Monday, June 19, 2006

Startup idea #19578234: KippleKillr

I agree with Dave Winer's rant against what he calls bug graphics, and which I call kipple. Is this trend going to get bad enough that someone comes up with the bright idea to make a browser plugin similar to Adblock which doesn't only block ads, but also zaps all the stuff in a Web page which is not immediately germane to the user experience? Not just those annoying favicon links that everyone ignores. Not just interminable blogrolls, Wordpress admin links, and "listening to" MP3 listings. How about blocking traffic-measuring scripts like Google Analytics, which I have seen kill pages dead if the Google servers are particularly slow in that nanomoment? How about blocking those useless Flickr collages? How about banishing classified-style structured blog sinppets? (Oh wait, structured blogging doesn't seem to be getting any traction, so that might not be so important.)

It's no wonder that RSS readers have become so popular, because they strip out all the useless parts of a Web page and leave just the pure, rich content. Now the blog toolmakers have figured out that the readers are gypping them out of page impressions, and are starting to embed all sorts of useless crap in their RSS feeds. It's an arms race between the publishers and the users, and pretty soon one of those users is going to take up the cudgel and code a kipple blocker.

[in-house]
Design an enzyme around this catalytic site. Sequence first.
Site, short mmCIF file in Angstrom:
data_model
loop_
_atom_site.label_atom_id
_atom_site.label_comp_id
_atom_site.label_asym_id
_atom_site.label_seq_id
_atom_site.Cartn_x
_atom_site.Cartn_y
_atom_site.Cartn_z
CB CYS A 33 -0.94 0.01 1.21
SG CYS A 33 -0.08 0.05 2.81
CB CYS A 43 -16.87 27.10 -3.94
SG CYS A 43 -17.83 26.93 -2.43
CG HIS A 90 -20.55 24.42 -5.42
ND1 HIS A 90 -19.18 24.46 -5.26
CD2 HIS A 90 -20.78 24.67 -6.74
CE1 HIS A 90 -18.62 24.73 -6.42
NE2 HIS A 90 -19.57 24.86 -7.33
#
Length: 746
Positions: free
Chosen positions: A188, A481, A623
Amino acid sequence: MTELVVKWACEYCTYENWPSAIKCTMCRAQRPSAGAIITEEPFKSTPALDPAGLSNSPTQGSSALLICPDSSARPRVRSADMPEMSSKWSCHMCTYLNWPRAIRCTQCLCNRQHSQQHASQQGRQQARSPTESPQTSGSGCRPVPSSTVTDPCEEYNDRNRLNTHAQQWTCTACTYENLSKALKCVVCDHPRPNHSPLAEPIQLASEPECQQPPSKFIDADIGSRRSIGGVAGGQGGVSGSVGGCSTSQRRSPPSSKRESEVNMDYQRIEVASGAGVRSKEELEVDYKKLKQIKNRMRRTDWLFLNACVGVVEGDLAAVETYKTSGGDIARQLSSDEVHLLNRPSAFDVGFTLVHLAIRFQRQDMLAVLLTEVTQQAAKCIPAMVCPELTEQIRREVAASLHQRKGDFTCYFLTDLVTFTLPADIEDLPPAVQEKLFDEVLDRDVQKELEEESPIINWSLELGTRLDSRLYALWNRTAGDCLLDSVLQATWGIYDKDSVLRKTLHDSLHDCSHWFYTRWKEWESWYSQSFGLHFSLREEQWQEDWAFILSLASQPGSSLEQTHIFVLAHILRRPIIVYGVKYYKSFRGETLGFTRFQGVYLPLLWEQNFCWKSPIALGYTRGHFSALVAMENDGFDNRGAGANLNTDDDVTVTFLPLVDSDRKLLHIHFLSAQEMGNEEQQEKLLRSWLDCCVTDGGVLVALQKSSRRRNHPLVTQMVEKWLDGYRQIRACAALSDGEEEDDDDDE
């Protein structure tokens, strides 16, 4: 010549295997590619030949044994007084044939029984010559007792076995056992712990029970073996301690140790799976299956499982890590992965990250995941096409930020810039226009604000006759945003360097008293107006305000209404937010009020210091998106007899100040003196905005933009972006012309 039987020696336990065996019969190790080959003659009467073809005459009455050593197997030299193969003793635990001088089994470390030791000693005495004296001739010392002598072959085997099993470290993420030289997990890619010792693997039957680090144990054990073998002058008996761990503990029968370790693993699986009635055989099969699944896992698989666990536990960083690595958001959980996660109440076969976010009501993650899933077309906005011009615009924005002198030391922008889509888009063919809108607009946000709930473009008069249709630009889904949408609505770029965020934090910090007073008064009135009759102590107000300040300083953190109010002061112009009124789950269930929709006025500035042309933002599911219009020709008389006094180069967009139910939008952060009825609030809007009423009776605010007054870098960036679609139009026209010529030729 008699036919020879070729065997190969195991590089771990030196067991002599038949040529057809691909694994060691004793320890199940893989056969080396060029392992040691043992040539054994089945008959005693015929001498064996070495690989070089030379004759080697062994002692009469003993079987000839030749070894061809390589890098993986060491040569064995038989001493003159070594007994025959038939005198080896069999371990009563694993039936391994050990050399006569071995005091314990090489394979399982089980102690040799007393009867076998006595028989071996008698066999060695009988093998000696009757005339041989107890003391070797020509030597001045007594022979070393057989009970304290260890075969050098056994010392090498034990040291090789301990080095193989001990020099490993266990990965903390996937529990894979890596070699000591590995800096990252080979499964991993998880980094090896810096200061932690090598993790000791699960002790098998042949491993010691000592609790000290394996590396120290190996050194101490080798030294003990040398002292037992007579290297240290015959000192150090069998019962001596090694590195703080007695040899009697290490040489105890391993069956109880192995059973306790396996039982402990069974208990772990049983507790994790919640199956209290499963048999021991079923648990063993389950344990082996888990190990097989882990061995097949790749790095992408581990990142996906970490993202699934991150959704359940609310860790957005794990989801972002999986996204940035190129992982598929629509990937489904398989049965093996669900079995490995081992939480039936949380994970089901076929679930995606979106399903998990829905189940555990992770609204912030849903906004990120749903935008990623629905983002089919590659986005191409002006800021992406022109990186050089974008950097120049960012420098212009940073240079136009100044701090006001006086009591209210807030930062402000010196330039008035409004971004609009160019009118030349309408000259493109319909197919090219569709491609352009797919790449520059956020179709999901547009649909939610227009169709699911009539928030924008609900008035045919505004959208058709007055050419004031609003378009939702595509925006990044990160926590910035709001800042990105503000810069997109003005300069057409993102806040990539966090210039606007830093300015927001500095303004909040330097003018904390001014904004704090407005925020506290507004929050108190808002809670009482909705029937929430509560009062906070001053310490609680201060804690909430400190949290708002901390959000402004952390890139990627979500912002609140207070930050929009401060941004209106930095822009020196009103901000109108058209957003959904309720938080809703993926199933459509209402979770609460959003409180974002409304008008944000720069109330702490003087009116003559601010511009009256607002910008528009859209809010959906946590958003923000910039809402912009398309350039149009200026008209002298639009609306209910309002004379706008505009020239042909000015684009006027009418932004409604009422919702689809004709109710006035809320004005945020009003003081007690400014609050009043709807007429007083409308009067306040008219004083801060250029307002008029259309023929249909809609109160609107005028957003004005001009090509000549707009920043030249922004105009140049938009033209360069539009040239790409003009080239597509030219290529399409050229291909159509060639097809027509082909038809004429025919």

Call it KippleKillr. Someone do this idea, please!


Anonymous Andrew Barker said...

That's a rather interesting idea, but how would you filter everything down to exactly what was what?

I mean I've seen some myspace pages where they're so littered with s___ that you can't make heads from tails on the page, and the HTML and XML is so bad that it'd make a HTML Project by Paris Hilton look smart and well scripted.

AdBlock does its job because people report known things that are offensive to the user, and it's using what people report as offensive to block. For example, if I deem your site (Tinfinger) offensive, I can right click it, add it to my Adblock Dutchblock database, and when I reconnect to my browser the next time, it'll send to the Dutchblock creators and they can filter through it and see if it's really truely offensive.

Do we really want to create a project like KippleKiller where we have to go through all that extra Bulls___?


4:32 pm, June 29, 2006  
Blogger Paul Montgomery said...

The way I'd see it working is by handling each type of kipple as an option which you can choose. Anyone could identify a string of code (in other words, a start string and an end string), define it as a piece of kipple, and submit it at the site of the widget author. Then the widget's author could test and approve these kipple definitions and offer RSS feeds of latest defs, most popular, etc... plus a search function, all of which would be accessible through the widget's option page.

4:54 pm, June 29, 2006  

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